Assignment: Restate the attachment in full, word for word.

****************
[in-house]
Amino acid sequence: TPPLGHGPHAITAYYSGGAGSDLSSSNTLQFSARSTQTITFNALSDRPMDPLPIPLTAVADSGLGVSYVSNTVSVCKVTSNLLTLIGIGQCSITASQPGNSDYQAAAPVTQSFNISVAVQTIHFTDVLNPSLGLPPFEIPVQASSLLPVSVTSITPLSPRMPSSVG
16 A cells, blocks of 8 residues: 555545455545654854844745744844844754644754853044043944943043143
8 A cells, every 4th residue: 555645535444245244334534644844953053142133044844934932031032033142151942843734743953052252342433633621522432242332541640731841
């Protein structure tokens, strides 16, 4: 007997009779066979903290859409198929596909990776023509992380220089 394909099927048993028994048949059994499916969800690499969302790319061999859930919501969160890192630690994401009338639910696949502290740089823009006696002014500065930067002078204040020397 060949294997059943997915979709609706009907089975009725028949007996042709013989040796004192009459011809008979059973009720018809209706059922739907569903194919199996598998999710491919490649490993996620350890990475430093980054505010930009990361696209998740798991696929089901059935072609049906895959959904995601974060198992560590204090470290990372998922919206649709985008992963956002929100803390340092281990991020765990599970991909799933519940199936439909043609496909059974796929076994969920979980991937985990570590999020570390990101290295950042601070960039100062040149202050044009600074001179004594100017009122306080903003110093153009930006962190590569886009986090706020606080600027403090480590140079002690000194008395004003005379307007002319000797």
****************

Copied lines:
[in-house]
Amino acid sequence: TPPLGHGPHAITAYYSGGAGSDLSSSNTLQFSARSTQTITFNALSDRPMDPLPIPLTAVADSGLGVSYVSNTVSVCKVTSNLLTLIGIGQCSITASQPGNSDYQAAAPVTQSFNISVAVQTIHFTDVLNPSLGLPPFEIPVQASSLLPVSVTSITPLSPRMPSSVG
16 A cells, blocks of 8 residues: 555545455545654854844745744844844754644754853044043944943043143
8 A cells, every 4th residue: 555645535444245244334534644844953053142133044844934932031032033142151942843734743953052252342433633621522432242332541640731841
């Protein structure tokens, strides 16, 4: 007997009779066979903290859409198929596909990776023509992380220089 394909099927048993028994048949059994499916969800690499969302790319061999859930919501969160890192630690994401009338639910696949502290740089823009006696002014500065930067002078204040020397 060949294997059943997915979709609706009907089975009725028949007996042709013989040796004192009459011809008979059973009720018809209706059922739907569903194919199996598998999710491919490649490993996620350890990475430093980054505010930009990361696209998740798991696929089901059935072609049906895959959904995601974060198992560590204090470290990372998922919206649709985008992963956002929100803390340092281990991020765990599970991909799933519940199936439909043609496909059974796929076994969920979980991937985990570590999020570390990101290295950042601070960039100062040149202050044009600074001179004594100017009122306080903003110093153009930006962190590569886009986090706020606080600027403090480590140079002690000194008395004003005379307007002319000797």